Whittier College Hopes Tuition Freeze Will Draw More Students. But Can They Get Over The Sticker Shock?
Whittier College announced this week that it is freezing yearly tuition at $49,000. The underlying reason is simple: like many other pricey private colleges, it needs to attract more low- and middle-income students to stay afloat.
The problem is, how do you market $49,000 a year — or upwards of $60,000, if you add room and board — as affordable?
"The sticker price scares a lot of people," said Stanford education researcher Anthony Lising Antonio.
Especially the increasing pool of Latino high school graduates. For decades, the 112-year-old private college — the alma mater of President Richard Nixon — drew its students from the largely white, mid-20th century population in east Los Angeles County.
But those aren't the demographics anymore. Today, the city of Whittier is nearly two-thirds Latino, and more than 70% of Whittier College's 1,700 students are Latino, African American or other people of color.
Those populations overall have lower median family incomes than white families — so it's important, Antonio said, for Whittier College to not only freeze tuition at its current level, but to emphasize its financial aid packages.
Whittier provides financial aid to 93% of its students, and the college says it's been increasing the amount of aid by about 3% percent in the last few years (prior to the tuition freeze, it had increased annually by about the same rate, according to the announcement.)
"Customer relations-wise [the tuition freeze] is a really smart move," Antonio said, because it may dispel the sticker shock.
And that's good for potential students, he said, because it allows them to apply to a small, private college they may not have considered.
COLLEGES WORRY ABOUT FEWER HIGH SCHOOL GRADUATES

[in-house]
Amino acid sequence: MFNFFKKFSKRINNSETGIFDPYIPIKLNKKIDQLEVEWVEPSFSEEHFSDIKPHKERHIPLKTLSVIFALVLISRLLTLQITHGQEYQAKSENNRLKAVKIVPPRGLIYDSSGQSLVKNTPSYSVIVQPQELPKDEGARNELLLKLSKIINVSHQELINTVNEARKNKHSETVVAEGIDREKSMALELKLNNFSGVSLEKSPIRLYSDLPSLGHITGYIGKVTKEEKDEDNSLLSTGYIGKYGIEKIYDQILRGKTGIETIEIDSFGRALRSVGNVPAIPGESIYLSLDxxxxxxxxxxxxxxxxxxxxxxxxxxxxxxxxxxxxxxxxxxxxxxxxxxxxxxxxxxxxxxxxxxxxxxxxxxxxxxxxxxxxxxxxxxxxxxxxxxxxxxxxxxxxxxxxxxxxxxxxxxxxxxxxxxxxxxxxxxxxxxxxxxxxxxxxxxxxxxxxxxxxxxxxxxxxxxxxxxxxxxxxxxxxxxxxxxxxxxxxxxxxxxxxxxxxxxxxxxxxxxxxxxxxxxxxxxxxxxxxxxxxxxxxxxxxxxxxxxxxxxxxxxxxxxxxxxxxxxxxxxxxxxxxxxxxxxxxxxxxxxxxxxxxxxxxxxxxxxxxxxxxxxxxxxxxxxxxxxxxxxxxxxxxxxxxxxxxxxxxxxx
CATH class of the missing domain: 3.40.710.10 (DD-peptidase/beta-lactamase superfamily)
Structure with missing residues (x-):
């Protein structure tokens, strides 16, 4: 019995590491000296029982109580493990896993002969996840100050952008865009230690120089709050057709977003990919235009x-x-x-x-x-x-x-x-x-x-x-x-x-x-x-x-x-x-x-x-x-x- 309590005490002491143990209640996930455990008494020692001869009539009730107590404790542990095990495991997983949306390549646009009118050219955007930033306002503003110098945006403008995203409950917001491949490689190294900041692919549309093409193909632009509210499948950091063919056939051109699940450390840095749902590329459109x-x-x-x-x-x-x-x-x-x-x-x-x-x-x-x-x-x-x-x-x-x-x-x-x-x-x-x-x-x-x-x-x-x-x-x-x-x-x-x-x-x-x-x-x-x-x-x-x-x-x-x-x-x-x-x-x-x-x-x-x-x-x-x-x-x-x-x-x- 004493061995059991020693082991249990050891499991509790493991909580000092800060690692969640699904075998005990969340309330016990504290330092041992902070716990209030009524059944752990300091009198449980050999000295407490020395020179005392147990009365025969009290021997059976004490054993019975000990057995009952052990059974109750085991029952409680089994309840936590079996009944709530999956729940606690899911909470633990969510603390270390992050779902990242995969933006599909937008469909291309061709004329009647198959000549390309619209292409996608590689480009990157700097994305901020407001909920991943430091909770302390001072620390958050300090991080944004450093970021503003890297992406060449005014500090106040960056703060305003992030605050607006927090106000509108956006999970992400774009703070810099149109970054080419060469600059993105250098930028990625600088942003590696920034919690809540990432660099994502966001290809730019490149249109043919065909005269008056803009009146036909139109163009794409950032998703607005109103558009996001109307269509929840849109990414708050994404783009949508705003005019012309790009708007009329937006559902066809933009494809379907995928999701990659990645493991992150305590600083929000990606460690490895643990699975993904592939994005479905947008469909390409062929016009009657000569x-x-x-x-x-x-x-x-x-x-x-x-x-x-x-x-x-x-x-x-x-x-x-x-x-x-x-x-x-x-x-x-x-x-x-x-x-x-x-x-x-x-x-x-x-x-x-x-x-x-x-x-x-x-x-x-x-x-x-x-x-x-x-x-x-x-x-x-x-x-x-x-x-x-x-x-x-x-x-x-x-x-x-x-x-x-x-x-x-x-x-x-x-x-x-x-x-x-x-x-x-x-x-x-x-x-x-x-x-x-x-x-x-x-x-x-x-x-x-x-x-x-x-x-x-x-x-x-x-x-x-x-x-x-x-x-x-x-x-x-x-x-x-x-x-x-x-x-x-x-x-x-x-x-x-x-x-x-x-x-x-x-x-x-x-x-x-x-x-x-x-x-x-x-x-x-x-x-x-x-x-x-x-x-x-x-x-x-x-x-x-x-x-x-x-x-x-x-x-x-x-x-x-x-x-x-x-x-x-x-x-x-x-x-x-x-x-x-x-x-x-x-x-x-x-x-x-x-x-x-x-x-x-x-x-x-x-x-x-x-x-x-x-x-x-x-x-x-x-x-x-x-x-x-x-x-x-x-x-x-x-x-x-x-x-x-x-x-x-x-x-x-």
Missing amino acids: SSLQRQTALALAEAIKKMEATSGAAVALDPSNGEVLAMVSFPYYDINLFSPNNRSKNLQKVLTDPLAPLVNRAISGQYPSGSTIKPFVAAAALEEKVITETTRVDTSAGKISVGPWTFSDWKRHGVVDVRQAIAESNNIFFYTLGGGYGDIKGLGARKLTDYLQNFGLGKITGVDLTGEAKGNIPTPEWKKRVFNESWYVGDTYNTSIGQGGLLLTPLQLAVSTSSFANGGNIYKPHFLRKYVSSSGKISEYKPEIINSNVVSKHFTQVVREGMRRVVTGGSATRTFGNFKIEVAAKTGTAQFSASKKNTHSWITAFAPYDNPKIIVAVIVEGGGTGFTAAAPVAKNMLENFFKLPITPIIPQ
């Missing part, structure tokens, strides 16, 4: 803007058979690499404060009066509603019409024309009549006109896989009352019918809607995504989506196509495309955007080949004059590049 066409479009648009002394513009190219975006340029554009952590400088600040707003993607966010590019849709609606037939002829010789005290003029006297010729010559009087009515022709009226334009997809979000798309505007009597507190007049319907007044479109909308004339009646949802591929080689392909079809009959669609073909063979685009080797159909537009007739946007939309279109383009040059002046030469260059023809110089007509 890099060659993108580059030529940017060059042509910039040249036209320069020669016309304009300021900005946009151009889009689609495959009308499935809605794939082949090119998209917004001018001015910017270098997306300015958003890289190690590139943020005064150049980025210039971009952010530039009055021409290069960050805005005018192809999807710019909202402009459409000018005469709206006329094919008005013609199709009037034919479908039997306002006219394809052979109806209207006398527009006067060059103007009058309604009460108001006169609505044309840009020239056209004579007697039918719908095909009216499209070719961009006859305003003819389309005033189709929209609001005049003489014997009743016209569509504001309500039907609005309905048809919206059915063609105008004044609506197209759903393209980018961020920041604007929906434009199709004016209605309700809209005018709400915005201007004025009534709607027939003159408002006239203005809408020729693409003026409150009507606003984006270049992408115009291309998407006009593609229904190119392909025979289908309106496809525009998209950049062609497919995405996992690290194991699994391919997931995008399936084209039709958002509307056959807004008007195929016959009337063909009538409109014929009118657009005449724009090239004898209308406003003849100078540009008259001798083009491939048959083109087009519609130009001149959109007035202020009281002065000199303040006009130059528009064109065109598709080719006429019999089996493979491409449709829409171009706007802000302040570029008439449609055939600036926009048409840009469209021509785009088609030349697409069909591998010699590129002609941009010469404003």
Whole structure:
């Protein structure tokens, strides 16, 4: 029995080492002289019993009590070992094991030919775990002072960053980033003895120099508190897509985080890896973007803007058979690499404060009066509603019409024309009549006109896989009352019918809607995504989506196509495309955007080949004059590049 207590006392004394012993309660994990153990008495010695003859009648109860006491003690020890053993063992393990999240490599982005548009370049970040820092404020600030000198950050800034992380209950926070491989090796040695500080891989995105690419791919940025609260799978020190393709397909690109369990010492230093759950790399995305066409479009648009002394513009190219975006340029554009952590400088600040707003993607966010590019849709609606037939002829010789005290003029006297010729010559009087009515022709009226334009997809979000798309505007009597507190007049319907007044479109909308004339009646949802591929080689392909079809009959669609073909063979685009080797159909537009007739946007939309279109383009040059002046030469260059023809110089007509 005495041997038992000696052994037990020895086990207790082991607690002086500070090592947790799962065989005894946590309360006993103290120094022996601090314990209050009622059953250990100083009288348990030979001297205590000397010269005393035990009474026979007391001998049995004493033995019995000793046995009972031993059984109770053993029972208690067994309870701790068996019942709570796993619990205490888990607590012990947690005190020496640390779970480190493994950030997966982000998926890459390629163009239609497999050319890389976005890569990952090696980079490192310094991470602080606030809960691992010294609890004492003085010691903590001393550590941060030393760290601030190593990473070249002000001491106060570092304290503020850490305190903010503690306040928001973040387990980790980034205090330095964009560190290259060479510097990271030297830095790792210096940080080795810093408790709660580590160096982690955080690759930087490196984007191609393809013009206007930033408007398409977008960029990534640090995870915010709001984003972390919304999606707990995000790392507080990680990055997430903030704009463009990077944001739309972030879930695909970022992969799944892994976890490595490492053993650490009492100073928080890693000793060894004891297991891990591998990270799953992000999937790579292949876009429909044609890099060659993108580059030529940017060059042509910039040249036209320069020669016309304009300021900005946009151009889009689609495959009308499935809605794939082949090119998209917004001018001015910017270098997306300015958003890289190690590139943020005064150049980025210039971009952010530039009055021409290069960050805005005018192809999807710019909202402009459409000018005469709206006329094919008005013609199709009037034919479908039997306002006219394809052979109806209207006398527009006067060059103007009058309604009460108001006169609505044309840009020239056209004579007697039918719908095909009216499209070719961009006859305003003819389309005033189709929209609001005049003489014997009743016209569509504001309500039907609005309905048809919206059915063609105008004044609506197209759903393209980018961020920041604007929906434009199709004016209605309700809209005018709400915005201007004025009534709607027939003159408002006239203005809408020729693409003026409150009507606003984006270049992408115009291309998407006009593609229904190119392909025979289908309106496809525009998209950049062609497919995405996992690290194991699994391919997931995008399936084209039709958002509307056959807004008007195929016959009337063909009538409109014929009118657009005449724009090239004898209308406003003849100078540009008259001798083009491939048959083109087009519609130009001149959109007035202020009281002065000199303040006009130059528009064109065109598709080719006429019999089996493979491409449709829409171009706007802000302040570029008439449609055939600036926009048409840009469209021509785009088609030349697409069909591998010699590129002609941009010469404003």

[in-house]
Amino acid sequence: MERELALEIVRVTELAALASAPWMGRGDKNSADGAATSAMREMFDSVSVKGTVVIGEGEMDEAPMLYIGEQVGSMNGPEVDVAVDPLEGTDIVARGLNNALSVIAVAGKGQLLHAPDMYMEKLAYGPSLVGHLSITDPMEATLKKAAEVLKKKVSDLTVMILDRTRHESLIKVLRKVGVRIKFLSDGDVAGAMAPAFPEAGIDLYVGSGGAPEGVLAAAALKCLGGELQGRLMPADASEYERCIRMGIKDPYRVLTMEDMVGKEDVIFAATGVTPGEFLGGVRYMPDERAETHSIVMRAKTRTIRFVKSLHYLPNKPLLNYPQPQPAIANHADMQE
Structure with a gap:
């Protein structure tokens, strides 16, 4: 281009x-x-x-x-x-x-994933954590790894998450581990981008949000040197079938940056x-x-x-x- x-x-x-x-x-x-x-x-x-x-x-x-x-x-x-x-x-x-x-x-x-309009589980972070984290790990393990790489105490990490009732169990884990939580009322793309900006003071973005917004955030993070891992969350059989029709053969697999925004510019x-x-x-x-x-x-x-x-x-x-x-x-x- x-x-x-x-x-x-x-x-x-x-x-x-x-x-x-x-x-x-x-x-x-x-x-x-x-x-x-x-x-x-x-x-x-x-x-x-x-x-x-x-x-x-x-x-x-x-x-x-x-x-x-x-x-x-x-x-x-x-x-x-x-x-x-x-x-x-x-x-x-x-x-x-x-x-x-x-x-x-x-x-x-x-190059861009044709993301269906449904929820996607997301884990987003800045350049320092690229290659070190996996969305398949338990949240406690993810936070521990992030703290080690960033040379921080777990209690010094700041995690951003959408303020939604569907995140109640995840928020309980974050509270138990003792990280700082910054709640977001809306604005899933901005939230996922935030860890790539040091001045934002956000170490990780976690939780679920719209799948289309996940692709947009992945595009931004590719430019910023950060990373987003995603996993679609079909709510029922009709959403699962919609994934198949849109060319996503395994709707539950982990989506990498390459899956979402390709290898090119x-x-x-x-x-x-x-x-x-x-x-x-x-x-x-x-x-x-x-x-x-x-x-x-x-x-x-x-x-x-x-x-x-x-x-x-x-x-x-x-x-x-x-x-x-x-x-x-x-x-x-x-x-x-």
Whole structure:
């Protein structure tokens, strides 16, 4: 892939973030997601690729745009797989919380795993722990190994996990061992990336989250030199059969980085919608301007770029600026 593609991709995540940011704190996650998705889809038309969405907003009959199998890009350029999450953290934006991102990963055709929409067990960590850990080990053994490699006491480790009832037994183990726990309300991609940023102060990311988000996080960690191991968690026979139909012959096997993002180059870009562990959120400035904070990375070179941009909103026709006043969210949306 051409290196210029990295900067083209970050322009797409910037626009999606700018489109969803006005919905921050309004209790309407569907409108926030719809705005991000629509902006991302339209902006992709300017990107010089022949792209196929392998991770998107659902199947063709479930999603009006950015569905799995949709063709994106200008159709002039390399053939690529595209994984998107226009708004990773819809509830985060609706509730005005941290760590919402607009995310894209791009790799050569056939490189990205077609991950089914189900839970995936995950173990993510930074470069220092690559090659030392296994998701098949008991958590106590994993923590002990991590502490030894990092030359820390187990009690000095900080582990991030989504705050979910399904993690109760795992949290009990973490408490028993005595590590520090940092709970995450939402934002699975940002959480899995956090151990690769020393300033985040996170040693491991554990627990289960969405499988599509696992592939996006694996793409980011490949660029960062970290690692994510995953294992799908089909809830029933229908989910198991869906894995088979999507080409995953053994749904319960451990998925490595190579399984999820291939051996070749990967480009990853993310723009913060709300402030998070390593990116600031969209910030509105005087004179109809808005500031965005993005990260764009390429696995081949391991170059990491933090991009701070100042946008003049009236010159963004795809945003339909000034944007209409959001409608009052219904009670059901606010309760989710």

Birth rates dropped sharply after the Great Recession and now there are smaller high school graduating classes in many parts of the country. Larger colleges haven't seen drops in applications, but demographic shifts have forced some smaller, private colleges to merge with other institutions, while some colleges in the Northeast have closed.
In California, the population shifts are more nuanced. According to California Department of Education data, 489,650 students were enrolled in grade 12 in the 2018-2019 school year, 7,251 fewer than four years earlier. The enrollment rate among white students dropped over those four years, but the number of Latino students enrolled in 12th grade increased.
Whittier College's white student enrollment has dropped by nearly 100 students in the last four years, while Latino enrollment has risen by nearly 200 students.
It's clear to administrators that the racial, ethnic and economic makeup of its applicant pool is changing.
"Population trends determine the business model, from my point of view," said Linda Oubré, President of Whittier College.
IS THERE ENOUGH FINANCIAL AID TO CLOSE THE TUITION GAP?
The growing pool of Latino students is significantly poorer than their white counterparts. The income gap presents a huge hurdle for many students.
Recent estimates compiled by the state legislature show that median family income for Latino families was $47,200 between 2010 and 2014. That's about $20,000 less each year than non-Latino families. The gap was larger in urban areas.
According to the same report, 23% of Latinos in California lived at or below the poverty line, nearly double the percentage for non-Latinos.
These numbers worry administrators at private colleges more than those at institutions that receive public funding like California State University, the University of California and the California community college system.
These private Southern California colleges and universities tell LAist they've been increasing financial aid packages in recent years: Occidental College, Pepperdine University, Biola University, and Chapman University. None of them said they are considering a tuition freeze.
Antonio said colleges must adapt to changing demographics to encourage more students to earn a degree.
"It moves the needle in terms of students applying and attending," he said.